UN to End Arms Embargo on Libya, Extend Mission by a Year

The United Nations Security Council is likely to vote next week to end an arms embargo on Libya and extend the mandate of its political mission there by a year, according to U.K. Ambassador Mark Lyall Grant.

Grant, who this month holds the presidency of the 15-member body, told reporters today that a draft resolution will be voted on in the coming days. Some Council members had sought a shorter renewal of six months, he said.

Addressing the Security Council in New York, Libyan Prime Minister Abdurrahim El-Keib rebuffed criticism by Russia and China that NATO strikes had resulted in civilian deaths and alluded that the killings in Syria also required the UN’s attention.

“Permit me to say that this matter which concerns the blood of Libyans should not be a matter of political propaganda,” he told council members. “I hope the reason for raising this is not to impede or prevent the international community” from intervening “in situation of others states where their peoples are being massacred and killed at hands of their rules.”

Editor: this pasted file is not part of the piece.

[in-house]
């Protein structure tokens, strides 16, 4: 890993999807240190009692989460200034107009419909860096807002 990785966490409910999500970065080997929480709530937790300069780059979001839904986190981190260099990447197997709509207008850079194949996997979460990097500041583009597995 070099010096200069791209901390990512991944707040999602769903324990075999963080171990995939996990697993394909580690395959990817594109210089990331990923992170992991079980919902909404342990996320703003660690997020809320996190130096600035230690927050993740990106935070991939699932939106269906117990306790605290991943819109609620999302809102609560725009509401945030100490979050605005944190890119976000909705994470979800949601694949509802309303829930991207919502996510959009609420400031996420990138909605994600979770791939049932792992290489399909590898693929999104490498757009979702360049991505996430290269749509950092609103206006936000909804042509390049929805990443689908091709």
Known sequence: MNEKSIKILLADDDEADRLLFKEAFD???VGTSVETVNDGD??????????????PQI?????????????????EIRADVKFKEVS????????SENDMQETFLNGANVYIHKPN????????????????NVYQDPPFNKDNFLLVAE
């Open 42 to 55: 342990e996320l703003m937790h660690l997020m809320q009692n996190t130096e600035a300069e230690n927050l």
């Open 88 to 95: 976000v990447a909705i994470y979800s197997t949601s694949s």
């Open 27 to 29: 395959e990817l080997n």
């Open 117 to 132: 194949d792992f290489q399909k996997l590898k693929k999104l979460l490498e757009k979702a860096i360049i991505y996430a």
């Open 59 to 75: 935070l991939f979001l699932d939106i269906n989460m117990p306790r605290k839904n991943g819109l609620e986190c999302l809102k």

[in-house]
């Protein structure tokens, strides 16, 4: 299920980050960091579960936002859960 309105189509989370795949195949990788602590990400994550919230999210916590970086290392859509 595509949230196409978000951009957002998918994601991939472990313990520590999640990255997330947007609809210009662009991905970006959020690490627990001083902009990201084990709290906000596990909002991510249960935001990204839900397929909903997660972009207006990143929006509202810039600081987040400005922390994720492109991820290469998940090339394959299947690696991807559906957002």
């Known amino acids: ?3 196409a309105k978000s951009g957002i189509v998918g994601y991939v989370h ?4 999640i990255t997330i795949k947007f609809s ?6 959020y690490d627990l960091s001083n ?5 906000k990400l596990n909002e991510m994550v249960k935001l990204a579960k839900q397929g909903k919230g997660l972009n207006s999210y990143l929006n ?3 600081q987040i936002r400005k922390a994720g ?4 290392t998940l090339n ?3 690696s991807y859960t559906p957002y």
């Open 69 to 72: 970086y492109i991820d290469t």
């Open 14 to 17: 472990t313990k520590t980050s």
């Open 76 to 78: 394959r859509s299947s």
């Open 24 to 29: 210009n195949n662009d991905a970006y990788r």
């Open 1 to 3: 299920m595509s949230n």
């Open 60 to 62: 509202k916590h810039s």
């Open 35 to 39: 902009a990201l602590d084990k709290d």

A year ago, the UN Security Council approved a no-fly zone over Libya and authorized “all necessary measures” to protect civilians, a move that helped the opposition topple dictator Muammar Qaddafi and was criticized by Russia for expediting regime change.

Since protests began in Syria last March, Russia and China have twice vetoed attempts by the decision-making body to end the bloodshed in a conflict that the UN estimates has claimed more than 7,500 lives. A third draft resolution was presented by the U.S., and discussions have begun this week.

-- Editors: Terry Atlas, Larry Liebert

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